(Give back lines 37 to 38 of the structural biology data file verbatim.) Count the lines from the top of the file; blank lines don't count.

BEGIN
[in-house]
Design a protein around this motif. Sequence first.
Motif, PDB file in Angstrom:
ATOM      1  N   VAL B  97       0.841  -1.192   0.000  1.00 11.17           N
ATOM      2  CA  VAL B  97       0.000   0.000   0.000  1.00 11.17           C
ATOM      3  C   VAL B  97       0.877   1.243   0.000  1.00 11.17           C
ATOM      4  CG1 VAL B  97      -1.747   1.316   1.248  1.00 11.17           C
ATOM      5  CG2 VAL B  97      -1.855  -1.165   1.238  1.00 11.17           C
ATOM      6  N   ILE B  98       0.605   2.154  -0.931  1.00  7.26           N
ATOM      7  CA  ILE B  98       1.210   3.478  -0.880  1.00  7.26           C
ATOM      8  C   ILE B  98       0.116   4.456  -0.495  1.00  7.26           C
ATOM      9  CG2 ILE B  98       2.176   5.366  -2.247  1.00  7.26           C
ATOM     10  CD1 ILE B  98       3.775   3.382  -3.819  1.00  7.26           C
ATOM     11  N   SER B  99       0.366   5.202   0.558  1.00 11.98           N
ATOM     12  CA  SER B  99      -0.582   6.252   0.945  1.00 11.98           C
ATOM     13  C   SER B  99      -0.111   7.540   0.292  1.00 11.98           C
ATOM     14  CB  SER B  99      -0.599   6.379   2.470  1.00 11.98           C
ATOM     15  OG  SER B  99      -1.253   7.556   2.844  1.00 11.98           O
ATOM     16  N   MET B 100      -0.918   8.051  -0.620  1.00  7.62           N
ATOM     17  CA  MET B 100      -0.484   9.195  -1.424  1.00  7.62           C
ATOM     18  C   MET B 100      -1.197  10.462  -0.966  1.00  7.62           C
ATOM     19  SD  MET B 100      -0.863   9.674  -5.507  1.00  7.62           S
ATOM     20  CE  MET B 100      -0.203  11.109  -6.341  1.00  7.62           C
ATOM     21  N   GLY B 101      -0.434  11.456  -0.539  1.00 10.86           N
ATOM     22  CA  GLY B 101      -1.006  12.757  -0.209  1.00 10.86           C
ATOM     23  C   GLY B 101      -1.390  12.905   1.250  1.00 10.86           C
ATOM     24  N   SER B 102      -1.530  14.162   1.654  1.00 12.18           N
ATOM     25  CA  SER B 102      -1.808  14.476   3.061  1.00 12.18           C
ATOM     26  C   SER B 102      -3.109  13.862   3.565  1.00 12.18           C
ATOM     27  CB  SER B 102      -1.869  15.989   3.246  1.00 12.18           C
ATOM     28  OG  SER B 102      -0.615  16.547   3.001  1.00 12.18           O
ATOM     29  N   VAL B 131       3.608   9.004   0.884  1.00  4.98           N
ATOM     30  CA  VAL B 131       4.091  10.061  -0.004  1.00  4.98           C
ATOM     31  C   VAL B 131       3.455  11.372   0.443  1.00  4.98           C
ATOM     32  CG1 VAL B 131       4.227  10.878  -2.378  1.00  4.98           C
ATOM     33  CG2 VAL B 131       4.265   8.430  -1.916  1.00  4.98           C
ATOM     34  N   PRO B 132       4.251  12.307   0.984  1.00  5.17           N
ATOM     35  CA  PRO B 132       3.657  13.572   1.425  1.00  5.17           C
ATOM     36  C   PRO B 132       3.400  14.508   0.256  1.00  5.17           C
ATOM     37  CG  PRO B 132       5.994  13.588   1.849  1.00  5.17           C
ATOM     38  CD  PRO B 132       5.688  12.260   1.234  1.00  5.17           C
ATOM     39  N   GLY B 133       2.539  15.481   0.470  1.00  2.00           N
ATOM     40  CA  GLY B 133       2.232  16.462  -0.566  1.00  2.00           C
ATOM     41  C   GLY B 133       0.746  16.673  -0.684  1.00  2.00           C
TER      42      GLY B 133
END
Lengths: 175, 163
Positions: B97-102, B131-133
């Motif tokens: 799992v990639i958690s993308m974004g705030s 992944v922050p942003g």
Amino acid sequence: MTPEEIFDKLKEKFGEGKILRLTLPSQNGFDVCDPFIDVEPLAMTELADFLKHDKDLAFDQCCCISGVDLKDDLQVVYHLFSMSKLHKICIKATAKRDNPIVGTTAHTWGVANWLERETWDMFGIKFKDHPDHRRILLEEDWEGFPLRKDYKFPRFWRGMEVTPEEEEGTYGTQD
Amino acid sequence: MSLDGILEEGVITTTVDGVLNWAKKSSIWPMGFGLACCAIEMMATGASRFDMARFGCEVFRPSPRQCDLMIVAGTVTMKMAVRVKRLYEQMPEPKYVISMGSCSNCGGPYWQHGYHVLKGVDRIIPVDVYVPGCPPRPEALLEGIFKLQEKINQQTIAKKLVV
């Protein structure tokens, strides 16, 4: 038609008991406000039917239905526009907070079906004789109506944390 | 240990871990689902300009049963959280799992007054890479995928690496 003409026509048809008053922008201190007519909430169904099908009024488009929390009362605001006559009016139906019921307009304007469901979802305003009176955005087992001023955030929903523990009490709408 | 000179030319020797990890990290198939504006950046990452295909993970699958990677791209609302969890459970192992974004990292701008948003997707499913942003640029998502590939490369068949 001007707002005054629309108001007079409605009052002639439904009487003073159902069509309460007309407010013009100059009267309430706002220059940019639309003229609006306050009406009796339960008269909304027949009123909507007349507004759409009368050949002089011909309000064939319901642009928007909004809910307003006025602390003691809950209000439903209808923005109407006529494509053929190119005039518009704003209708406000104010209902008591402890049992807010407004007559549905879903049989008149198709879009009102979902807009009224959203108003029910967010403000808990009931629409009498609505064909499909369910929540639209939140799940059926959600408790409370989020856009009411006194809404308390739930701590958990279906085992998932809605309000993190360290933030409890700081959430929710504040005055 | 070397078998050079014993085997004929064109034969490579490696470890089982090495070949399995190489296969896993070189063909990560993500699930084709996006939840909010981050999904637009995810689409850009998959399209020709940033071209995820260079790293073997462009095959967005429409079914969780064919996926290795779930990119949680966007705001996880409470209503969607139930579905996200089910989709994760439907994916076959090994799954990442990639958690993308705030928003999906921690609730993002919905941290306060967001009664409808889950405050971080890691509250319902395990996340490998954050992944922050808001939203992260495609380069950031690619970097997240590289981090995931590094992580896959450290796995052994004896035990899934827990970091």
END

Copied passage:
ATOM     34  N   PRO B 132       4.251  12.307   0.984  1.00  5.17           N
ATOM     35  CA  PRO B 132       3.657  13.572   1.425  1.00  5.17           C